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Proper brake toe-in technique

Old 05-07-18, 03:41 PM
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Proper brake toe-in technique

What's the preferred method for properly setting toe-in on brake pads? I watched one YT video that suggests the thickness of 2 business cards, placed about 3/8" from the back of the pad. Is that sufficient? After I did this, visually it looks like there is almost no change to the pad angle. Maybe I'm squeezing the lever too hard when re-tightening the pads? Also, I don't have much experience with doing this, how does the pad wear after toeing-in? Seems to me that the pad will start to wear on an angle, and every subsequent toe-in will increase the angled wear, eventually leading to some goofy looking angled brake pads that are mostly worn down in front?
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Old 05-07-18, 04:26 PM
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You only need to toe in the pads enough to prevent them from squealing when you apply the brakes. Two business cards worth is a good starting point. Don't worry about angled pad wear; if you do it right, the pads will wear straight.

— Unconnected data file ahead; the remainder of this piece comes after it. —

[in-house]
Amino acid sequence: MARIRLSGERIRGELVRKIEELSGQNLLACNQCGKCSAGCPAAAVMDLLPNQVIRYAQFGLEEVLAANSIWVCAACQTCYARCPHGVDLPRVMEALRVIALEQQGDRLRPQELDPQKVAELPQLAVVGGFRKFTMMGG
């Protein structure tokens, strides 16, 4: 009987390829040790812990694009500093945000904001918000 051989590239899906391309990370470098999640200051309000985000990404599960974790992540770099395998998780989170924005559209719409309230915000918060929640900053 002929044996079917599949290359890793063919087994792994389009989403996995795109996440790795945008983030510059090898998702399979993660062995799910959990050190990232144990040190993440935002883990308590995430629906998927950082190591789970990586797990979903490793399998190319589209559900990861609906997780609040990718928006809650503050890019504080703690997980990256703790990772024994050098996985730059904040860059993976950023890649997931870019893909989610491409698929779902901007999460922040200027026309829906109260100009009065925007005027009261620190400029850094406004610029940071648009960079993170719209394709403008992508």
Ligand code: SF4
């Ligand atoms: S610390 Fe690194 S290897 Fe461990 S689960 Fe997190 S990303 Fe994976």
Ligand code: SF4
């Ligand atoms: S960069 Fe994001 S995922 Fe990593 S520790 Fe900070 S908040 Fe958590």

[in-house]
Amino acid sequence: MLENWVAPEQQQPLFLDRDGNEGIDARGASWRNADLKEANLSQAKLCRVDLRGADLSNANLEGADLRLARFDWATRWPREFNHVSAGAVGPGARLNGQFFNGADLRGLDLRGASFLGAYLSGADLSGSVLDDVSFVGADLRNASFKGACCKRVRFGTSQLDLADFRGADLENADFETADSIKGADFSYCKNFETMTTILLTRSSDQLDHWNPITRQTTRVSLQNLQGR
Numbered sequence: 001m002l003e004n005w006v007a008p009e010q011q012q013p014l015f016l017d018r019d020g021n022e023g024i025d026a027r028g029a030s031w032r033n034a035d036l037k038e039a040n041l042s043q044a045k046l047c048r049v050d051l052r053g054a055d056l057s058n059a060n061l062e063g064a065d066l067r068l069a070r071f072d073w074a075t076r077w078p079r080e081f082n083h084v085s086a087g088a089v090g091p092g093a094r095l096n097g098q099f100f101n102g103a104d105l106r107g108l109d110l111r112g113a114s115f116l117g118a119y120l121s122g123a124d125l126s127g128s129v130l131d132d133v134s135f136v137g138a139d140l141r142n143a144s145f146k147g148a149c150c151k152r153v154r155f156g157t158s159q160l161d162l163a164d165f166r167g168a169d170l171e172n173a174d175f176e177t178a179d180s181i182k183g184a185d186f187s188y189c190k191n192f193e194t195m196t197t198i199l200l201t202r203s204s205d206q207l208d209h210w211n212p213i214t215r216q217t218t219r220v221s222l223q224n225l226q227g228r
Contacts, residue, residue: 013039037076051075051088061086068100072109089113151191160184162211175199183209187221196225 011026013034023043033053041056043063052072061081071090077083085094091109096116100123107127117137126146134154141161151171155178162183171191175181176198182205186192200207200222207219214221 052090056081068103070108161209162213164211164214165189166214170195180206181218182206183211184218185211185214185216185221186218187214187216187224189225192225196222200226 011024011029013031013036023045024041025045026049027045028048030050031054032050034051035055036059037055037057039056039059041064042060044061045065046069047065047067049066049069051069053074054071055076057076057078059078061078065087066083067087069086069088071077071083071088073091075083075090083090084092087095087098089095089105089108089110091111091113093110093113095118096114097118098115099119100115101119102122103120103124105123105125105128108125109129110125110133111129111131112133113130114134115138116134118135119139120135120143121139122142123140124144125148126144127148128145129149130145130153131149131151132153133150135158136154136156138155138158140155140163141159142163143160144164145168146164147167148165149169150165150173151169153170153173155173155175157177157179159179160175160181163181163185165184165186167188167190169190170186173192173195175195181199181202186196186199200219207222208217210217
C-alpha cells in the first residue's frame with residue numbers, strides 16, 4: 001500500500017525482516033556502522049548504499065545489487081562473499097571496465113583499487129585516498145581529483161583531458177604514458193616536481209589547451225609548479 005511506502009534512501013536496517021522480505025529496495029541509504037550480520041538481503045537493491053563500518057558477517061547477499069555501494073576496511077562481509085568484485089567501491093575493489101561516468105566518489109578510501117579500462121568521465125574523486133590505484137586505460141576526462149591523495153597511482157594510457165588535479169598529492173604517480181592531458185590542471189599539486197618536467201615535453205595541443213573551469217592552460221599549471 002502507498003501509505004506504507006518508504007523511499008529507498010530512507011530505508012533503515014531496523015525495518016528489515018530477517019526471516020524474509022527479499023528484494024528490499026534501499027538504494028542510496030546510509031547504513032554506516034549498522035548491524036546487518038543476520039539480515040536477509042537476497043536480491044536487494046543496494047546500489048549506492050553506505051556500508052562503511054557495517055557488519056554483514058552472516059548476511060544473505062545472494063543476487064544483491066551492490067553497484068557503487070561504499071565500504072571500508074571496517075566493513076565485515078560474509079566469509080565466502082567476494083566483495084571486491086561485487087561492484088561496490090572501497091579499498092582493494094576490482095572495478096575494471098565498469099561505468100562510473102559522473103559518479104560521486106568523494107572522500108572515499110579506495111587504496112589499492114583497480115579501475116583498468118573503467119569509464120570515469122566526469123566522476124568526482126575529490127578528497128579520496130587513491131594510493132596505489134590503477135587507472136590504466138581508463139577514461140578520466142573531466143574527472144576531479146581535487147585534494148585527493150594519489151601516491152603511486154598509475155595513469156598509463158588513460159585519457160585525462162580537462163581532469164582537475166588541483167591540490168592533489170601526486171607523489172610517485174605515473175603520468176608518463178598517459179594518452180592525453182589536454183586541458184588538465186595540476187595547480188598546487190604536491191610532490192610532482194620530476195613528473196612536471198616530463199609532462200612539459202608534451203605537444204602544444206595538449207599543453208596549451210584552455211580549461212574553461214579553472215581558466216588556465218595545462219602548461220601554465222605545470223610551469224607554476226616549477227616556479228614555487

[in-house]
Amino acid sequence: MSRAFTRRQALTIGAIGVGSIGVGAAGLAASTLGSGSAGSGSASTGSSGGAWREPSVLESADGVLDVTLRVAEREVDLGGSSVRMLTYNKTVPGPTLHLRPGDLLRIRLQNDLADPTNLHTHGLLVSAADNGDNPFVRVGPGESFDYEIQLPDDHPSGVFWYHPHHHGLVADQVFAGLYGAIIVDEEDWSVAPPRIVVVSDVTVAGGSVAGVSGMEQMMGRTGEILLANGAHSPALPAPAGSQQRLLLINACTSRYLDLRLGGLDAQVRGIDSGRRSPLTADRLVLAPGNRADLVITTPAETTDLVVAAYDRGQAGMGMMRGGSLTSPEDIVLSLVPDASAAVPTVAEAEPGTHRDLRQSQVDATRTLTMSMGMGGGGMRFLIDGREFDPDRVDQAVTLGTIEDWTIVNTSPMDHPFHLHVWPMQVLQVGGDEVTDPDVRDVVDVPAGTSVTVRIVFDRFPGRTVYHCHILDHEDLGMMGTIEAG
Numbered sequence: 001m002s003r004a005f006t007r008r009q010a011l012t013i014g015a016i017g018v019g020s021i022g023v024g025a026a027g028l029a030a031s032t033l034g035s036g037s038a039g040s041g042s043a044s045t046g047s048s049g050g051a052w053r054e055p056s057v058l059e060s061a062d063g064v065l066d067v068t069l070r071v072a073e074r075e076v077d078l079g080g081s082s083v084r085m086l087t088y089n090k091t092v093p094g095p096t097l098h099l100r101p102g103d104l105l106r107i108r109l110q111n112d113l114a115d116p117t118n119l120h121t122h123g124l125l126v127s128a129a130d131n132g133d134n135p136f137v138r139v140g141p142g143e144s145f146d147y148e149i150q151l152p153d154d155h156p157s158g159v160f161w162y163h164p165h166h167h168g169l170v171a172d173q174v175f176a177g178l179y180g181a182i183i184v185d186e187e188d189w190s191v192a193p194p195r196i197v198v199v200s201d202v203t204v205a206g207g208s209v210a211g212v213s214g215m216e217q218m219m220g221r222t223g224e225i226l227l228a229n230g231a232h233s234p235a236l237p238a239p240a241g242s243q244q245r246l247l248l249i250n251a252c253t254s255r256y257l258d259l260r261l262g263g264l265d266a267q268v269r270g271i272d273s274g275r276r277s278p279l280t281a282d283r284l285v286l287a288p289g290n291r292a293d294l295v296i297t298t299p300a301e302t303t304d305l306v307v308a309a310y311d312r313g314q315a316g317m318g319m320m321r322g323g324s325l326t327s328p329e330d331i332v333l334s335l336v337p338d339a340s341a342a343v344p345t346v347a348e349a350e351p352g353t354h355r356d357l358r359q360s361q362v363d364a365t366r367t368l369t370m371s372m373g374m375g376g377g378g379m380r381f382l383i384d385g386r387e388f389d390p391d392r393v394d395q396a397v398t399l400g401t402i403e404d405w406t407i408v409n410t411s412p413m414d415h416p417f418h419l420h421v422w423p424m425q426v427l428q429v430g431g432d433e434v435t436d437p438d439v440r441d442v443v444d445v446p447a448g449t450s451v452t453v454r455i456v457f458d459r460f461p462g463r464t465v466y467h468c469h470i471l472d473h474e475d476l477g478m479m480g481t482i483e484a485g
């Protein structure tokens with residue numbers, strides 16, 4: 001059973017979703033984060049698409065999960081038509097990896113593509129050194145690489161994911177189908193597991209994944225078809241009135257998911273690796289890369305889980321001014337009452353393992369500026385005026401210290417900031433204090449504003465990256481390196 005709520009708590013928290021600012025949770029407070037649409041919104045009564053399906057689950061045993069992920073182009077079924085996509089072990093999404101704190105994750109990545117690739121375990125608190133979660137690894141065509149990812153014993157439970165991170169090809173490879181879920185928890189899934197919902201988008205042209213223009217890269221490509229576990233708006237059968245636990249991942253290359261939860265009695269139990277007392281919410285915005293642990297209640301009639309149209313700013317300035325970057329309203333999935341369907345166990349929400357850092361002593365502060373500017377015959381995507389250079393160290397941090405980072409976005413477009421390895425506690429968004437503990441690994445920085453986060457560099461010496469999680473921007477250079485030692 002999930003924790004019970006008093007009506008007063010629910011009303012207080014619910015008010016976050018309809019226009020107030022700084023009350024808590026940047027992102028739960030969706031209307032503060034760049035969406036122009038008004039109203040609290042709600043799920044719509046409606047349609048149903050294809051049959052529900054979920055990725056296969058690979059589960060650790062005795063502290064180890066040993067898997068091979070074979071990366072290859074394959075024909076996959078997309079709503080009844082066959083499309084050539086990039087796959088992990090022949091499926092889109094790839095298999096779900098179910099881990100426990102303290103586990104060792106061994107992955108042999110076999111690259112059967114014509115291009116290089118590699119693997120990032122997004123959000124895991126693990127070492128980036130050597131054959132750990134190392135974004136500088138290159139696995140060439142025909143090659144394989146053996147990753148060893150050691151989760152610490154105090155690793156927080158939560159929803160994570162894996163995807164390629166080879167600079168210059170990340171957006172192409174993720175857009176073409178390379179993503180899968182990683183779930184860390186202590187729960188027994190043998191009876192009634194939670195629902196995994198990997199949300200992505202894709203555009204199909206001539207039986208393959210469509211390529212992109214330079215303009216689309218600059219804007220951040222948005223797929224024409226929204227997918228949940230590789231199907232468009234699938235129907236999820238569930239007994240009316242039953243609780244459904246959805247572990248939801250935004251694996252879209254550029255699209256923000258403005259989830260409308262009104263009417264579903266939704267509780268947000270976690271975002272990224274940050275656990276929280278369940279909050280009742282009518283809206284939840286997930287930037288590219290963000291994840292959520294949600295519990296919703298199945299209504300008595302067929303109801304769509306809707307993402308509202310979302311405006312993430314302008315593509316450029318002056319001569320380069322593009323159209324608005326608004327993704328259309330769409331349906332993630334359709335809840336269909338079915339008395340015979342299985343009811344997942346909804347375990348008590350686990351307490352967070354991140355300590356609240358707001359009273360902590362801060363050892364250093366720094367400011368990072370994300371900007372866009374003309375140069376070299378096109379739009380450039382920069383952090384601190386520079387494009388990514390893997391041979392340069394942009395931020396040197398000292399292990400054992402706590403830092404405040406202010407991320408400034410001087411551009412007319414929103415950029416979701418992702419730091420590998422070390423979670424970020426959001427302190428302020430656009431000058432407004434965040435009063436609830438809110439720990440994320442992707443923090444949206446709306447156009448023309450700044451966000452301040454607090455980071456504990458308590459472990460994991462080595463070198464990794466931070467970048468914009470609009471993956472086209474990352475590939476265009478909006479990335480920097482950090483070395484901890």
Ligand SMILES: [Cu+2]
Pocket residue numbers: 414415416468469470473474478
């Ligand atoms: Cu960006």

Brake squeal occurs because the calipers flex when you apply the brakes. The pads are pulled forward by the rim, eventually coming to a point where not enough pad is striking the rim, so it slips, the caliper flexes back with the slip, and the process repeats. This happens at a high frequency, causing the squeal.

When you toe in the pad, the front of the pad strikes the rim first, the caliper flexes and pulls the pad into full contact with the rim. With the pad fully contacting the rim, the pad wears pretty much evenly, and you don't get the high frequency squeal.
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Old 05-07-18, 04:59 PM
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Take a couple thumb tacks, insert them into the rear face of the pads. Use the the thin head thumb tack type. Perform your pad to rim setup and then remove the tacks afterwards. Or, if you want to make your hair stand up when you brake, leave them in and ride!